SITE INVESTIGATION OF CHANGES IN CONVEYED WATER QUALITY AFTER LINING WATER MAINS WITH BLAST FURNACE SLAG CEMENT MORTAR - KIRK MERRINGTON FIELD TRIAL
Report No DWI0284

Nov 1988

SUMMARY

i) OBJECT

To investigate the effect on water quality of lining a dead end main with blast furnace slag cement mortar (BFS) in a moderately low alkalinity water and to compare the findings with those from a parallel trial using ordinary Portland cement (OPC).

ii) REASON

Cement mortar is widely used to internally renovate corroded iron water mains throughout the UK. In some cases the pH levels of the water passing through newly lined mains can be elevated above the EC directive maximum advisable limits. To alleviate this, WRc has developed a modified mortar replacing 65% of the OPC with BFS. The new BFS mortar, during laboratory and field trials has been found to reduce the pH in the conveyed water by up to one pH unit in comparison to OPC. The trial in Kirk Merrington has been conducted as part of a series of field trials to investigate the effect on pH of using BFS mortar in waters of varying alkalinity. This site was chosen as the alkalinity of the water was approximately 22 mg/l as CaCO3, a level not previously examined.

iii) CONCLUSIONS

  1. The pH of the conveyed water in contact with the blast furnace slag mortar and the ordinary Portland cement mortar linings remained above the EC directive MAV of 9.5 for a period of 10 to 11 weeks after return to service.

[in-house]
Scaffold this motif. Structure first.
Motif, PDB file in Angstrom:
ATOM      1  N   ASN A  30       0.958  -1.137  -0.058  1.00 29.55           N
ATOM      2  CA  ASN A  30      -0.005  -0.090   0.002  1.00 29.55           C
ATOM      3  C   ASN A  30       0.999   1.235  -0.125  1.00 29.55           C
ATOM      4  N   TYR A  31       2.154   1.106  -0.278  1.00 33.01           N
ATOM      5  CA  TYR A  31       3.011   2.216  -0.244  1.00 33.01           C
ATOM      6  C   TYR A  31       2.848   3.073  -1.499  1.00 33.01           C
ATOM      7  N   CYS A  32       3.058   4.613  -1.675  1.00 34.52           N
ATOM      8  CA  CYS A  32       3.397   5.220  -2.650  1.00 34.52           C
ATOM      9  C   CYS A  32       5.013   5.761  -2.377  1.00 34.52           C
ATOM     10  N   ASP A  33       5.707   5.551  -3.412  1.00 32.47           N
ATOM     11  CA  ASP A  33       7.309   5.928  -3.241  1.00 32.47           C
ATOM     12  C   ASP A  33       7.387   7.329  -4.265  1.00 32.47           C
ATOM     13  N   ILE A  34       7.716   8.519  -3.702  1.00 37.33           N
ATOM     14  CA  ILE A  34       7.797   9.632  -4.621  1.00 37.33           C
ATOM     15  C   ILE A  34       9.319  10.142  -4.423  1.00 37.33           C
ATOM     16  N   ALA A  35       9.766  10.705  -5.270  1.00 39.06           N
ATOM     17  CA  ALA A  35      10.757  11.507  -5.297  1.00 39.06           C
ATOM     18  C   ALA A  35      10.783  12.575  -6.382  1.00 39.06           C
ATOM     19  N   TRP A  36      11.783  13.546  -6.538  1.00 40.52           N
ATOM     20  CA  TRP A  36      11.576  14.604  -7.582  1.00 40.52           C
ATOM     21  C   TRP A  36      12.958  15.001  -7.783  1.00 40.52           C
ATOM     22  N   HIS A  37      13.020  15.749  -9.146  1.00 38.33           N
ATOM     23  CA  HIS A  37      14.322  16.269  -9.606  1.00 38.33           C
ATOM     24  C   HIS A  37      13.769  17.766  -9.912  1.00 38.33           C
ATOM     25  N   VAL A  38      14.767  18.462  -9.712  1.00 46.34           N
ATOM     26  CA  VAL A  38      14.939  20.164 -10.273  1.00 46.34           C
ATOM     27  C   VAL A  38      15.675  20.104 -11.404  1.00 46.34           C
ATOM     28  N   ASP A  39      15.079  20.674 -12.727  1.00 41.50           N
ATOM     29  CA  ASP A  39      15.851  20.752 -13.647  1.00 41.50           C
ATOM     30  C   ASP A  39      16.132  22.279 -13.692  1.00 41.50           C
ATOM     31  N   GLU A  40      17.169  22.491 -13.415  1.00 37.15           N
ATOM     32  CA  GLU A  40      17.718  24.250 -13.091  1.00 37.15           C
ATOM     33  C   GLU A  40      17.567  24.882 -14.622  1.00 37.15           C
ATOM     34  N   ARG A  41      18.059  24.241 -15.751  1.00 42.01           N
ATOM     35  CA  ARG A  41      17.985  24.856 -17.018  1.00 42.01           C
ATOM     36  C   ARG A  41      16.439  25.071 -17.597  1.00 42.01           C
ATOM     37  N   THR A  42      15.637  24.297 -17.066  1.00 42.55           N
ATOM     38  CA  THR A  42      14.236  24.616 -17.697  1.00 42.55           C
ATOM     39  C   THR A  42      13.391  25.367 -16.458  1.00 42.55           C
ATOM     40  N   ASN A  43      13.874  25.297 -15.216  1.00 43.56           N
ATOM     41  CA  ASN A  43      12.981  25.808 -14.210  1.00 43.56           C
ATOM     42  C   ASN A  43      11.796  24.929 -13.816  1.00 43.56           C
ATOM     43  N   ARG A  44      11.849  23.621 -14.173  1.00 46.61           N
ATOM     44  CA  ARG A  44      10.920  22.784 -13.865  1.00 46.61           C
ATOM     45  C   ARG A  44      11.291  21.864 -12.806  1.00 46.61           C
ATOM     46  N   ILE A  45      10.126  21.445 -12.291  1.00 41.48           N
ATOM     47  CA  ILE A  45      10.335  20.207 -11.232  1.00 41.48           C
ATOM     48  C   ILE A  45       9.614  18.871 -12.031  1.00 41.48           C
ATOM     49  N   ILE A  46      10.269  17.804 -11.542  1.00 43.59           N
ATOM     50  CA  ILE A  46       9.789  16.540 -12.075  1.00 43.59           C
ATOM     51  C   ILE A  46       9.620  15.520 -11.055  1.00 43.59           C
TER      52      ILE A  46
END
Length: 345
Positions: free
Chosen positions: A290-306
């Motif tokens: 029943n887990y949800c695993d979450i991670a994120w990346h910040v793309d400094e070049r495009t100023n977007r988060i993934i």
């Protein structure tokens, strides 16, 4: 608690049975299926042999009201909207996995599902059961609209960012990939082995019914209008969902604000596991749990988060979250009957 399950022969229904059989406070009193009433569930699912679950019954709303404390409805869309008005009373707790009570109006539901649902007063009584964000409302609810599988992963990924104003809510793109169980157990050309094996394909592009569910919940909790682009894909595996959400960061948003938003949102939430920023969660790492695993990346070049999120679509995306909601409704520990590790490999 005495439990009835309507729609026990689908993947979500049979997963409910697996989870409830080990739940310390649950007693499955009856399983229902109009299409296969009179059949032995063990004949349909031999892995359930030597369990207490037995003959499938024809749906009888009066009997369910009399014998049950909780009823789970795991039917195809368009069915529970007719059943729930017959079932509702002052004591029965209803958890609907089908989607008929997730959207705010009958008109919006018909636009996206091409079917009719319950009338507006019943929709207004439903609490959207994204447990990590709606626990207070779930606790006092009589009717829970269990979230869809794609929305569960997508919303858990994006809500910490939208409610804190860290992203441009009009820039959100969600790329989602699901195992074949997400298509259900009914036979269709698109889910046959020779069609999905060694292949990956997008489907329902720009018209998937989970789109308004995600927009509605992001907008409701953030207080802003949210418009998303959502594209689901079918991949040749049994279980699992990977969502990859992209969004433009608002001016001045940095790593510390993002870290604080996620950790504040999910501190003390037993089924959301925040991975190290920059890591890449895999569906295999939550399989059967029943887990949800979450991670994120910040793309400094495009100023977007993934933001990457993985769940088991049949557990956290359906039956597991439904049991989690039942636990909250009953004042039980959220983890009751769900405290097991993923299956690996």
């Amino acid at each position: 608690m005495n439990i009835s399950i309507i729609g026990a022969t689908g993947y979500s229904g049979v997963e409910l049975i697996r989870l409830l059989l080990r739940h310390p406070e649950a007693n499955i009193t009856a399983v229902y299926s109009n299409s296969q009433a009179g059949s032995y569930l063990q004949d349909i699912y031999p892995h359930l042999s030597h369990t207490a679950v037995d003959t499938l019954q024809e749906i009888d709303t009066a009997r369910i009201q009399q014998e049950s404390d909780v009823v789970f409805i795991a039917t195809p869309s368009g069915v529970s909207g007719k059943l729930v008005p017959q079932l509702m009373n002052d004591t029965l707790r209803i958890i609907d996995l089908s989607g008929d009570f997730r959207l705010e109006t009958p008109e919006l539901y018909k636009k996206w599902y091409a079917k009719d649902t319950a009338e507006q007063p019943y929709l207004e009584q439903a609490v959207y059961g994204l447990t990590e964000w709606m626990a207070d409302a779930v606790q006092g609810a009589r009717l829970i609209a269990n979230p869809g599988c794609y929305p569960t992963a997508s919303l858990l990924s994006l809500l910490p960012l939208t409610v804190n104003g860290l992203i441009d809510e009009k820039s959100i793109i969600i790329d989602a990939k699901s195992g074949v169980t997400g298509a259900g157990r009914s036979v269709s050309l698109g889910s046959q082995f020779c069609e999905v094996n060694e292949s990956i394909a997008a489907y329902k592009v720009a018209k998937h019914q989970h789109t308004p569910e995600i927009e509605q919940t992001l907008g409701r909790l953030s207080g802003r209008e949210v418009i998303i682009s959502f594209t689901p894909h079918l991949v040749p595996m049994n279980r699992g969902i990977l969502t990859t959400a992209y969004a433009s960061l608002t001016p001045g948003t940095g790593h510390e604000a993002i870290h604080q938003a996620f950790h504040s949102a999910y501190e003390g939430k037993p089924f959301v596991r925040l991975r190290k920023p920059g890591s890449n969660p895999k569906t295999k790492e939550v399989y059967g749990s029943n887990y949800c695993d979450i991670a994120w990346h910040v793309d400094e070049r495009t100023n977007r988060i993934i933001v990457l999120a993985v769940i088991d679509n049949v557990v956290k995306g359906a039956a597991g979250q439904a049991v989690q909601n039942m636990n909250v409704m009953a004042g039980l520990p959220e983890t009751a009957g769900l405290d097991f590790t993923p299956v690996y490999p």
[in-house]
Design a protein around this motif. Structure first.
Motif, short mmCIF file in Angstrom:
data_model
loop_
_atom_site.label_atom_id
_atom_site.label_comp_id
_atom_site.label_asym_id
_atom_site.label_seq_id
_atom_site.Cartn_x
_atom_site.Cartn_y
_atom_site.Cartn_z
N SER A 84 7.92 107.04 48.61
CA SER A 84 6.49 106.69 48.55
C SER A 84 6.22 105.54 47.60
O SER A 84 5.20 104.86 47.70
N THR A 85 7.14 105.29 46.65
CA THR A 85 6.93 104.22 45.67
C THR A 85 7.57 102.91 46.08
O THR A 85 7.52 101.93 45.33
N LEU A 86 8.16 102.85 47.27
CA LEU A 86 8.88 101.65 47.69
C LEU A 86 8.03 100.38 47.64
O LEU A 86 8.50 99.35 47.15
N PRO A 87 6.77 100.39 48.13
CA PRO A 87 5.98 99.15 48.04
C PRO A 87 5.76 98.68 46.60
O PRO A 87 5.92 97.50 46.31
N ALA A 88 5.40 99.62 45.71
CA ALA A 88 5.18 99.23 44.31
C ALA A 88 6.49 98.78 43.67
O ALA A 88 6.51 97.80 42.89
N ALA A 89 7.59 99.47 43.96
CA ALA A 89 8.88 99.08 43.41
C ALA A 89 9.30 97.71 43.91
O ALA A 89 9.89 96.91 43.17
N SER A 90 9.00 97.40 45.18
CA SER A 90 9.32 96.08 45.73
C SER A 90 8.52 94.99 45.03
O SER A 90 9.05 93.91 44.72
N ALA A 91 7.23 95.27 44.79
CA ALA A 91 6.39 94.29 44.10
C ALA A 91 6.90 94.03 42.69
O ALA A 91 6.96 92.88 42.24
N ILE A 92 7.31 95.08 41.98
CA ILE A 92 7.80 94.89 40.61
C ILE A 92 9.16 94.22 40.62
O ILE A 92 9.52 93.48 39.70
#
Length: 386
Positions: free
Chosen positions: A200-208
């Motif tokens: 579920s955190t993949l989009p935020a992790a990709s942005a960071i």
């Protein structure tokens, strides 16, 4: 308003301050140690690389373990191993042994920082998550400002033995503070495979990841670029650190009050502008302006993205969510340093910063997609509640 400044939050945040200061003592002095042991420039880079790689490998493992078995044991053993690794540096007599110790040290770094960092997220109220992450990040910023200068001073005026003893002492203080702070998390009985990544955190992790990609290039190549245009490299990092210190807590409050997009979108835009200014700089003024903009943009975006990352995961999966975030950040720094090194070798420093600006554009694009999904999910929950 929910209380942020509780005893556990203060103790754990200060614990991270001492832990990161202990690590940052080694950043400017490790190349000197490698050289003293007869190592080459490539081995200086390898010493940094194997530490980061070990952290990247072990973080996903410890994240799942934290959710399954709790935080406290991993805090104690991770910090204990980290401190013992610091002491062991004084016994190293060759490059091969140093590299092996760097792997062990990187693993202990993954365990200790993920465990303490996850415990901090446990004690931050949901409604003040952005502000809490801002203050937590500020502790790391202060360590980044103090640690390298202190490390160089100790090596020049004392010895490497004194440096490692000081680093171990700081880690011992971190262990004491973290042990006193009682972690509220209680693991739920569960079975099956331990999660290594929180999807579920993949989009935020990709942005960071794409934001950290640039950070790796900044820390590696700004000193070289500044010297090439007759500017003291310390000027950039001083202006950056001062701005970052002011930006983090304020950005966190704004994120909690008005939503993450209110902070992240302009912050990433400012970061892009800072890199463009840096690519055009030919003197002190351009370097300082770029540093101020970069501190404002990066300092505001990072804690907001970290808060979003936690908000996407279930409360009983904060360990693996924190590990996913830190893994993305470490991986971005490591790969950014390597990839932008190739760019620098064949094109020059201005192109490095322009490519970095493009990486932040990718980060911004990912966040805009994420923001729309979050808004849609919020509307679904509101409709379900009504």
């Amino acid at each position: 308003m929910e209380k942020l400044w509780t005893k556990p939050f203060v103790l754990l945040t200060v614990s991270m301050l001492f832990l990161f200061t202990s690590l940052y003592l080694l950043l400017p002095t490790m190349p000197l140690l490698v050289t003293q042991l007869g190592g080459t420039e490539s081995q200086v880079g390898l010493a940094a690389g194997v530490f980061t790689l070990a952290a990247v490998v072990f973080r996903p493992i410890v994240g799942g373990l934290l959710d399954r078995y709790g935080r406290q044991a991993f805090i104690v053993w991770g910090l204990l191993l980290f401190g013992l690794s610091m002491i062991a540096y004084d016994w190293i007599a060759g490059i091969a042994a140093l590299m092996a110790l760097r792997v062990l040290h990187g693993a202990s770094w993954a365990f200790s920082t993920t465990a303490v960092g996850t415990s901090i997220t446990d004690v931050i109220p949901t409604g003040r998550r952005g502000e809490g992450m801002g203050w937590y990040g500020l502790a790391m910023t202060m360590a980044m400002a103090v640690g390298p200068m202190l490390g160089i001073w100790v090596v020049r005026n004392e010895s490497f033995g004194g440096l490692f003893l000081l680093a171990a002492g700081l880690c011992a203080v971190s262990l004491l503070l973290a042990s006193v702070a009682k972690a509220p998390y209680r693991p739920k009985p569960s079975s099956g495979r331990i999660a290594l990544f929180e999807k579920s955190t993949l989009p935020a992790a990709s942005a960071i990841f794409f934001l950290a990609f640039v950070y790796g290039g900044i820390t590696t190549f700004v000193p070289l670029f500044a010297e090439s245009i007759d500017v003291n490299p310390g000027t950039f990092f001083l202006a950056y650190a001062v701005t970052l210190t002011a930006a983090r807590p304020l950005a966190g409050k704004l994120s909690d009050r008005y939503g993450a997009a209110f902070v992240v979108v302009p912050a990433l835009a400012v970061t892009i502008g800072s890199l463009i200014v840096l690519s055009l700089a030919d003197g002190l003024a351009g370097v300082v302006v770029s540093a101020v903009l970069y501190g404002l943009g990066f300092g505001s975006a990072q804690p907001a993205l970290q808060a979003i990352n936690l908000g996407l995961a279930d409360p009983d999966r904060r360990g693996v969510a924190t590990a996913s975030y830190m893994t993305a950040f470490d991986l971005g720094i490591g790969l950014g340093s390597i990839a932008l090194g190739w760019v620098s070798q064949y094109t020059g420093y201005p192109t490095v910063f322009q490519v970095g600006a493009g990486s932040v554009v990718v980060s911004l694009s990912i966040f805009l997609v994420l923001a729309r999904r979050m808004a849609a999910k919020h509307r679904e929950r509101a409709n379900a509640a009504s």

2. The BFS mortar lined length produced conveyed water pH values approximately 0.4 units less than the comparable OPC length during the period of 1 to 6 weeks.

  3. The concentrations of aluminium, calcium, potassium and sodium within the conveyed water was initially high, but all metal concentrations for both linings were below their EC MAV's by the eighth day.

  4. The concentration values obtained for metals, and the alkalinity and conductivity throughout the duration of the trial were not significantly different between the BFS and OPC lined lengths.

5. RECOMMENDATIONS

  1. Although the use of blast furnace slag mortar shows little medium or long term benefit, BFS cement 'Mainline' should be used in waters with alkalinity of around 22 mg/l as CaCO3, as reductions in pH of the conveyed water are seen in the short term.

  2. Due to the high levels of pH and metals occurring within the conveyed water within the first few days after lining for both cement mortar types, a flushing programme should be initiated to alleviate any water quality problems during this period.

  3. Where dead end mains or-long rural lengths with low flows are lined, the flow on the main should be increased. This could be achieved by joining up dead ends to form a through main or by a controlled wastage at the dead end.

  4. WRc should further investigate the use of blast furnace slag cements by carrying further field trials in softer waters with an alkalinity of around 12-18 mg/l as CaCO3 as no information yet exists at this level.

  5. Further field measurements should be taken at Kirk Merrington, at 6 months and 1 year intervals after lining.
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